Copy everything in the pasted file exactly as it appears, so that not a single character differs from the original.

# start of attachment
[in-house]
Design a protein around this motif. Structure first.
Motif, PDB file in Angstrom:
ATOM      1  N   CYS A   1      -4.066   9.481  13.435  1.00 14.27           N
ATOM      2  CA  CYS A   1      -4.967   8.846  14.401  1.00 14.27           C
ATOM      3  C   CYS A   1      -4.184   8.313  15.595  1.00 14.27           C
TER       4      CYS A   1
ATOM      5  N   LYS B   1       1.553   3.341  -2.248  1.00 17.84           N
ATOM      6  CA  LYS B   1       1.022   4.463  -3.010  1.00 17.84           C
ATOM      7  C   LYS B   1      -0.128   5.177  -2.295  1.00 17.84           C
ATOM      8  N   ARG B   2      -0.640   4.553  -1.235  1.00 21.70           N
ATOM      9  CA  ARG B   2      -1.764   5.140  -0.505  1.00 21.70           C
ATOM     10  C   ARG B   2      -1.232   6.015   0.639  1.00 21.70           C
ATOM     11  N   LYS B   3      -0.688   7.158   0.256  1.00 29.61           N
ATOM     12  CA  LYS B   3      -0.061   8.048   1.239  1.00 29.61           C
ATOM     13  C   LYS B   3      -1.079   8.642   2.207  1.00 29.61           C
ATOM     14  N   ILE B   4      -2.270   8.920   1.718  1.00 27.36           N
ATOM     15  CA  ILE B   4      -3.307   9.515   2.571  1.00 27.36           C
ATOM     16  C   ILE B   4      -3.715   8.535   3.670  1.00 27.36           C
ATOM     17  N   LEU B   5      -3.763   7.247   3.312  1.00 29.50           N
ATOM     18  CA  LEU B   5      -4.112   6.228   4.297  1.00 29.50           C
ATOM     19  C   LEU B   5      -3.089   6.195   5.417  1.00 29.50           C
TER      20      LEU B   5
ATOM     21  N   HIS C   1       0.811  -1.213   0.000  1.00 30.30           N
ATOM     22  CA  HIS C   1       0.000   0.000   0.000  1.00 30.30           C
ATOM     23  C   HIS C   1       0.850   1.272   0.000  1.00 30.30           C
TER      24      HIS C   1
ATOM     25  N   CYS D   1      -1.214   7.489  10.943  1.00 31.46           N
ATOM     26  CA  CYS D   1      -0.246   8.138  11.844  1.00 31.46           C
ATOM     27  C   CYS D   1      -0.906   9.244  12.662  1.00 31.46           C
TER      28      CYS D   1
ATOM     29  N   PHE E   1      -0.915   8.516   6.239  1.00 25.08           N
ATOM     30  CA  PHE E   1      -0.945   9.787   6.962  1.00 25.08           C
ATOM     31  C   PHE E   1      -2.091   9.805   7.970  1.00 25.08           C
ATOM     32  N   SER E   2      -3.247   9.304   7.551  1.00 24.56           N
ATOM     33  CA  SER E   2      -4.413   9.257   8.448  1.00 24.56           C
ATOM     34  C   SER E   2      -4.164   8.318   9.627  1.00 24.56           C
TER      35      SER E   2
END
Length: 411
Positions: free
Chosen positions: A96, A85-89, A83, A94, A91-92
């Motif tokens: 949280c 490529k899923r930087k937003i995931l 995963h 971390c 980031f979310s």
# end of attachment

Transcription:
[in-house]
Design a protein around this motif. Structure first.
Motif, PDB file in Angstrom:
ATOM      1  N   CYS A   1      -4.066   9.481  13.435  1.00 14.27           N
ATOM      2  CA  CYS A   1      -4.967   8.846  14.401  1.00 14.27           C
ATOM      3  C   CYS A   1      -4.184   8.313  15.595  1.00 14.27           C
TER       4      CYS A   1
ATOM      5  N   LYS B   1       1.553   3.341  -2.248  1.00 17.84           N
ATOM      6  CA  LYS B   1       1.022   4.463  -3.010  1.00 17.84           C
ATOM      7  C   LYS B   1      -0.128   5.177  -2.295  1.00 17.84           C
ATOM      8  N   ARG B   2      -0.640   4.553  -1.235  1.00 21.70           N
ATOM      9  CA  ARG B   2      -1.764   5.140  -0.505  1.00 21.70           C
ATOM     10  C   ARG B   2      -1.232   6.015   0.639  1.00 21.70           C
ATOM     11  N   LYS B   3      -0.688   7.158   0.256  1.00 29.61           N
ATOM     12  CA  LYS B   3      -0.061   8.048   1.239  1.00 29.61           C
ATOM     13  C   LYS B   3      -1.079   8.642   2.207  1.00 29.61           C
ATOM     14  N   ILE B   4      -2.270   8.920   1.718  1.00 27.36           N
ATOM     15  CA  ILE B   4      -3.307   9.515   2.571  1.00 27.36           C
ATOM     16  C   ILE B   4      -3.715   8.535   3.670  1.00 27.36           C
ATOM     17  N   LEU B   5      -3.763   7.247   3.312  1.00 29.50           N
ATOM     18  CA  LEU B   5      -4.112   6.228   4.297  1.00 29.50           C
ATOM     19  C   LEU B   5      -3.089   6.195   5.417  1.00 29.50           C
TER      20      LEU B   5
ATOM     21  N   HIS C   1       0.811  -1.213   0.000  1.00 30.30           N
ATOM     22  CA  HIS C   1       0.000   0.000   0.000  1.00 30.30           C
ATOM     23  C   HIS C   1       0.850   1.272   0.000  1.00 30.30           C
TER      24      HIS C   1
ATOM     25  N   CYS D   1      -1.214   7.489  10.943  1.00 31.46           N
ATOM     26  CA  CYS D   1      -0.246   8.138  11.844  1.00 31.46           C
ATOM     27  C   CYS D   1      -0.906   9.244  12.662  1.00 31.46           C
TER      28      CYS D   1
ATOM     29  N   PHE E   1      -0.915   8.516   6.239  1.00 25.08           N
ATOM     30  CA  PHE E   1      -0.945   9.787   6.962  1.00 25.08           C
ATOM     31  C   PHE E   1      -2.091   9.805   7.970  1.00 25.08           C
ATOM     32  N   SER E   2      -3.247   9.304   7.551  1.00 24.56           N
ATOM     33  CA  SER E   2      -4.413   9.257   8.448  1.00 24.56           C
ATOM     34  C   SER E   2      -4.164   8.318   9.627  1.00 24.56           C
TER      35      SER E   2
END
Length: 411
Positions: free
Chosen positions: A96, A85-89, A83, A94, A91-92
């Motif tokens: 949280c 490529k899923r930087k937003i995931l 995963h 971390c 980031f979310s």